Overall, though, it was a decent day, with many more stocks gaining than losing on the Big Board and the NASDAQ, while both the mid- and small-cap indexes, specifically the S&P Mid-Cap 400 and the small-cap Russell 2000, also did well posting healthy increases of more than a half a percentage point each. Essentially, the stock market moved on earnings. With the majority of concerns either meeting or exceeding their targets, stocks are continuing to hold their own. Where there have been disappointments, such as we saw in the aforementioned case of IBM, as well as from the recently restructured drug provider Abbott Labs (ABT), the reaction has been swift and painful, with the latter issue also selling off in the latest session, too.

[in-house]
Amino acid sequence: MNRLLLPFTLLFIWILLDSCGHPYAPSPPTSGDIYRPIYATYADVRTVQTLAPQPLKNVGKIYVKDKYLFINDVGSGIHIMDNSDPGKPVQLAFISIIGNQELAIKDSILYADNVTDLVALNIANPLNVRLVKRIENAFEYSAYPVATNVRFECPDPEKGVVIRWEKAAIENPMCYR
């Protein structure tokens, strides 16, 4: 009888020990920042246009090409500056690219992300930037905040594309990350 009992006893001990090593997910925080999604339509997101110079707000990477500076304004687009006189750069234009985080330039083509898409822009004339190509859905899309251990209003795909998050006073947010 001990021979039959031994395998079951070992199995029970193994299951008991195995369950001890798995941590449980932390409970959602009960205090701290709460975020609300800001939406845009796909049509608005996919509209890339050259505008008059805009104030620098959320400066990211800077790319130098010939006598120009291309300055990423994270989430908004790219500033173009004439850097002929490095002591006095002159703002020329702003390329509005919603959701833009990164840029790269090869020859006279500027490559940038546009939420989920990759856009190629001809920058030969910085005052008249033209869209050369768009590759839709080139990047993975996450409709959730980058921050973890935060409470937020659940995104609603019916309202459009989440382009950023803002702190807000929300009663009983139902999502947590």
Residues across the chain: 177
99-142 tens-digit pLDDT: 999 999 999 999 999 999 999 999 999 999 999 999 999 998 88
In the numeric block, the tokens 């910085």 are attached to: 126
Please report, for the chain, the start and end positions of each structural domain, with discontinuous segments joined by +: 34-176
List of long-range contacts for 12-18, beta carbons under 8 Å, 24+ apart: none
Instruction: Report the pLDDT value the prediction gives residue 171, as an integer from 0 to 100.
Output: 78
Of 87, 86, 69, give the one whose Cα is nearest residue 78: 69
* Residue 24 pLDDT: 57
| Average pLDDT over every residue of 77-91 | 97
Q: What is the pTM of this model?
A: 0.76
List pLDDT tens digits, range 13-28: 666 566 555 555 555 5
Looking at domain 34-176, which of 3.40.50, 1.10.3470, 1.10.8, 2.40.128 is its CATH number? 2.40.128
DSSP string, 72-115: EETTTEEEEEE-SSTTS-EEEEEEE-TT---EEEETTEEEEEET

On the whole, we continue to sense that the stock market is overextended, but we also note that many have considered this to be the case for some time now, and yet valuations and equity prices continue to climb. Moreover, with the economy on the mend, with earnings still rising in most cases, with inflation low and unlikely to increase anytime soon, and with competition from fixed-income instruments still in the future, there are simply few places, other than stocks, to put one's money. The recent memory of the real estate bust of half a decade ago also is keeping that option off of the table for many investors. So, stocks keep rising for the most part and worries continue to increase, even as traders chase the market.